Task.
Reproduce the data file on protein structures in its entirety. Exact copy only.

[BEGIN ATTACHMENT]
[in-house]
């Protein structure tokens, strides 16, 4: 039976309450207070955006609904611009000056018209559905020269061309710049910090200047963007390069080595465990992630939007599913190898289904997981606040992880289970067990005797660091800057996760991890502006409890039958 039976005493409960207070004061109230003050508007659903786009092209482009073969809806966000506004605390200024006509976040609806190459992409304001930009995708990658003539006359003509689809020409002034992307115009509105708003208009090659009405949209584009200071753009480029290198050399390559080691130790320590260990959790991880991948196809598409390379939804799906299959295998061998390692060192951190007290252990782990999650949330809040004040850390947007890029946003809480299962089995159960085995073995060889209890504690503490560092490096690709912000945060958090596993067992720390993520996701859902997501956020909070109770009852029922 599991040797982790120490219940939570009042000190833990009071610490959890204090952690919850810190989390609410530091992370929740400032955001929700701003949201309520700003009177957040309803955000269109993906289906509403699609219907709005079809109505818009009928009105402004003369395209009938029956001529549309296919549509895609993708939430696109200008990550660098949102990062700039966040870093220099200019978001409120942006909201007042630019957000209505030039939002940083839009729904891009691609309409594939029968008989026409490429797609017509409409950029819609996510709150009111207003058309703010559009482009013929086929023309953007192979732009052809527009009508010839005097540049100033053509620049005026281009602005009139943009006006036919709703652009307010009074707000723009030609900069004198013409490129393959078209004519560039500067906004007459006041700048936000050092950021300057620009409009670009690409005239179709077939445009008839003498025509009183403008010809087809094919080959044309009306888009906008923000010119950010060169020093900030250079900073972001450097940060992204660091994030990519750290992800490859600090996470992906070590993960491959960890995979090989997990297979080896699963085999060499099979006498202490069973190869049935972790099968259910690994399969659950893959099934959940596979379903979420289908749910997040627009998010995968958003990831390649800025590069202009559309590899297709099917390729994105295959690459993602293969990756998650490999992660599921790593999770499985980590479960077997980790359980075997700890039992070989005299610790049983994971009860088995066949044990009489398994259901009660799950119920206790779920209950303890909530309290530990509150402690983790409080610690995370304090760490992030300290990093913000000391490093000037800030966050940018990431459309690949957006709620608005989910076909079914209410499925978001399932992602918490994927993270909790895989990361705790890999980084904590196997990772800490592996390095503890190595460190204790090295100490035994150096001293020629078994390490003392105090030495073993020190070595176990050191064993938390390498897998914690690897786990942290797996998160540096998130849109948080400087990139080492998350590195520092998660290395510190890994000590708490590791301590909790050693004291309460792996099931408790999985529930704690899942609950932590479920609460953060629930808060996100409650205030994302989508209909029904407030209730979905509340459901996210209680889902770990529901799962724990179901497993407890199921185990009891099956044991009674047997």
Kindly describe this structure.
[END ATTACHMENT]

[in-house]
């Protein structure tokens, strides 16, 4: 039976309450207070955006609904611009000056018209559905020269061309710049910090200047963007390069080595465990992630939007599913190898289904997981606040992880289970067990005797660091800057996760991890502006409890039958 039976005493409960207070004061109230003050508007659903786009092209482009073969809806966000506004605390200024006509976040609806190459992409304001930009995708990658003539006359003509689809020409002034992307115009509105708003208009090659009405949209584009200071753009480029290198050399390559080691130790320590260990959790991880991948196809598409390379939804799906299959295998061998390692060192951190007290252990782990999650949330809040004040850390947007890029946003809480299962089995159960085995073995060889209890504690503490560092490096690709912000945060958090596993067992720390993520996701859902997501956020909070109770009852029922 599991040797982790120490219940939570009042000190833990009071610490959890204090952690919850810190989390609410530091992370929740400032955001929700701003949201309520700003009177957040309803955000269109993906289906509403699609219907709005079809109505818009009928009105402004003369395209009938029956001529549309296919549509895609993708939430696109200008990550660098949102990062700039966040870093220099200019978001409120942006909201007042630019957000209505030039939002940083839009729904891009691609309409594939029968008989026409490429797609017509409409950029819609996510709150009111207003058309703010559009482009013929086929023309953007192979732009052809527009009508010839005097540049100033053509620049005026281009602005009139943009006006036919709703652009307010009074707000723009030609900069004198013409490129393959078209004519560039500067906004007459006041700048936000050092950021300057620009409009670009690409005239179709077939445009008839003498025509009183403008010809087809094919080959044309009306888009906008923000010119950010060169020093900030250079900073972001450097940060992204660091994030990519750290992800490859600090996470992906070590993960491959960890995979090989997990297979080896699963085999060499099979006498202490069973190869049935972790099968259910690994399969659950893959099934959940596979379903979420289908749910997040627009998010995968958003990831390649800025590069202009559309590899297709099917390729994105295959690459993602293969990756998650490999992660599921790593999770499985980590479960077997980790359980075997700890039992070989005299610790049983994971009860088995066949044990009489398994259901009660799950119920206790779920209950303890909530309290530990509150402690983790409080610690995370304090760490992030300290990093913000000391490093000037800030966050940018990431459309690949957006709620608005989910076909079914209410499925978001399932992602918490994927993270909790895989990361705790890999980084904590196997990772800490592996390095503890190595460190204790090295100490035994150096001293020629078994390490003392105090030495073993020190070595176990050191064993938390390498897998914690690897786990942290797996998160540096998130849109948080400087990139080492998350590195520092998660290395510190890994000590708490590791301590909790050693004291309460792996099931408790999985529930704690899942609950932590479920609460953060629930808060996100409650205030994302989508209909029904407030209730979905509340459901996210209680889902770990529901799962724990179901497993407890199921185990009891099956044991009674047997």
Kindly describe this structure.